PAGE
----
An unidentified mob attacked two members of the Patriotic Union of Cuba (UNPACU) – a pregnant teen and her activist father – on Sunday night, hurling bottles at them and reportedly punching the woman in the belly.
The activists in question are 52-year-old Ángel López Figueroa and his 18-year-old daughter Ariadna López Sotolongo, who is six months pregnant. According to Sotolongo’s father-in-law, who spoke to the Miami-based Martí Noticias, a mob formed outside the family home in Havana on Sunday night and began attempting to break into the house.
“They began throwing bottles at the house, that is when they hurt the father. They tried to open the front door, managed to pry it open and attack Ángel,” according to Roberto Pérez Rodríguez. Sotolongo, meanwhile, “received blows to the belly” and injured her hand trying to fight off the mob. Her 13-year-old sister also received unspecified injuries, according to Pérez.
Images UNPACU has circulated on social media of Figueroa after the attack indicate that he sustained grave injuries to the head and may be suffering a concussion.
Journalist Liu Santiesteban writes on Facebook that Figueroa was “left for almost dead” following the incident and Sotolongo “barely showed vital signs” upon arriving at the hospital and “almost lost the fetus.”
Pérez told Martí that his family struggled to convince their local clinic to take in the dissidents. “The doctor said things were not that way, that he had to [receive care] at the hospital… that the ultrasound had problems,” he explained. “Yesterday we had problems, today they told me the woman who had to work here didn’t come in today. That is how things are with us dissidents.”
The Cuban government often recruits civilian members of the Communist Party – not police – to commit “actos de repudio,” or “acts of repudiation,” against dissident headquarters. These acts typically involve mob attacks on unarmed dissidents in which they are pelted with garbage, physically attacked, tarred, and insulted with vulgar epithets.
Given its size and its presence throughout the island, UNPACU is one of the primary targets of the Cuban government’s repression efforts against the pro-democracy opposition, along with the Ladies in White and the Christian Liberation Movement (MCL) dissident groups. UNPACU is believed to have more prisoners of conscience among their members than any other dissident group.
UNPACU suffered a violent attack on its headquarters in Santiago, on the eastern end of the island, in early March, in which UNPACU leader José Daniel Ferrer was arrested and “disappeared” to an undisclosed location. This attack, unlike typical actos de repudio, was executed by Cuban National Revolutionary Police (PNR). When Ferrer resurfaced, he described the holding cell police placed him in as akin to a “horror movie for how much blood there was on the walls, of prisoners who were beaten and the mosquitos killed by prisoners.”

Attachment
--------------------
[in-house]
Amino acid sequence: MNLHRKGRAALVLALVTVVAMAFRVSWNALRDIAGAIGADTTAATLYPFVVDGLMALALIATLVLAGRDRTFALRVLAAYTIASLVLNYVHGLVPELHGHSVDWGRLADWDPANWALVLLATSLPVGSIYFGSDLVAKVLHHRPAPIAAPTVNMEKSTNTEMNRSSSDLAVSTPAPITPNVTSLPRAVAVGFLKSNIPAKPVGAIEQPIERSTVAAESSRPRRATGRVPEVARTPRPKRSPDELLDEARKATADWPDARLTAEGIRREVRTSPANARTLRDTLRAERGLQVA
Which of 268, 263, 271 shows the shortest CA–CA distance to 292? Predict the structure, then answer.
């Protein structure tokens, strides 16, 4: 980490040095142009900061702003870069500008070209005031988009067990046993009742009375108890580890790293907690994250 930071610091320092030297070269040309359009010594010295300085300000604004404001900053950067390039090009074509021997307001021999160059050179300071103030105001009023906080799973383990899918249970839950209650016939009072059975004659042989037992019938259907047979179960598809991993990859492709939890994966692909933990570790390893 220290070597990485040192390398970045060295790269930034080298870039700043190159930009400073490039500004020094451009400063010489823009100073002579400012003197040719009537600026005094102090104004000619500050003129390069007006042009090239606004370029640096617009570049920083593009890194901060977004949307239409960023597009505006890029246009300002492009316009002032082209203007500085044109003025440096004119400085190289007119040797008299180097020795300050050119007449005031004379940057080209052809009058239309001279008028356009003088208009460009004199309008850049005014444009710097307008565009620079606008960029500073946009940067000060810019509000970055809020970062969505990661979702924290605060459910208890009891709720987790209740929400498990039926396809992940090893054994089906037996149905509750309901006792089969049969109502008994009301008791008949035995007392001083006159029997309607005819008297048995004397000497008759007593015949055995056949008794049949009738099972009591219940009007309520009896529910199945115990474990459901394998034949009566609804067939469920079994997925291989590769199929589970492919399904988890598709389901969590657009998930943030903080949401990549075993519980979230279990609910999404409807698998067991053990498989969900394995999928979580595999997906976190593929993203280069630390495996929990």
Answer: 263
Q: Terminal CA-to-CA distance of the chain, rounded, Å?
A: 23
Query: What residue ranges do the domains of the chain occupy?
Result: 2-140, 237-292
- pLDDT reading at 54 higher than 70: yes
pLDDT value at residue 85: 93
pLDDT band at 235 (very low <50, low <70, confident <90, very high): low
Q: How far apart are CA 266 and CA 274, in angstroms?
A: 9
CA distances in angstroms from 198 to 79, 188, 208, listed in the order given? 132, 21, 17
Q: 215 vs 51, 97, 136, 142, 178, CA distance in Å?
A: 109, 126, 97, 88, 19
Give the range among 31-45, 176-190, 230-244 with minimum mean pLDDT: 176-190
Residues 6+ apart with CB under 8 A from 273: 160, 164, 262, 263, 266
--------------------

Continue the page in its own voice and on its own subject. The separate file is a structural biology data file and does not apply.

During that raid, police confiscated over one thousand pounds of food goods – including rice, sugar, vegetables, and meat, all difficult to procure for the average Cuban.
Ferrer nonetheless told local media that “the majority of our activists are in high spirits, this type of attack does not discourage them.”
This month, UNPACU lost prisoner of conscience Hamell Santiago Maz Hernández while imprisoned without due process; Maz was facing charges of “disrespect,” a catch-all crime the Cuban police use to imprison anti-communist dissidents. UNPACU members told media they did not believe the official story of his demise, “cardiac arrest,” and would continue investigating the incident.
Violence against anti-communist dissidents has skyrocketed since President Barack Obama visited Cuba a year ago, attending a baseball game with Raúl Castro and standing silently beside him as he denied the existence of political prisoners on the island. In addition to emboldening the Castro regime by promoting business ties with the dictatorship, President Obama repealed the longstanding refugee policy known as “wet foot/dry foot,” eliminating the little hope Cubans had of escaping the island, albeit through the dangerous Florida strait. The last-minute policy change has stranded hundreds of known Cuban nationals throughout Mexico, Central, and South America.
“We Cubans gave him our heart and he betrayed us,” Luis Pedroso, a Cuban stranded in Nuevo Laredo, Mexico, told the Cuban independent outlet 14 y Medio. “I lost my life.”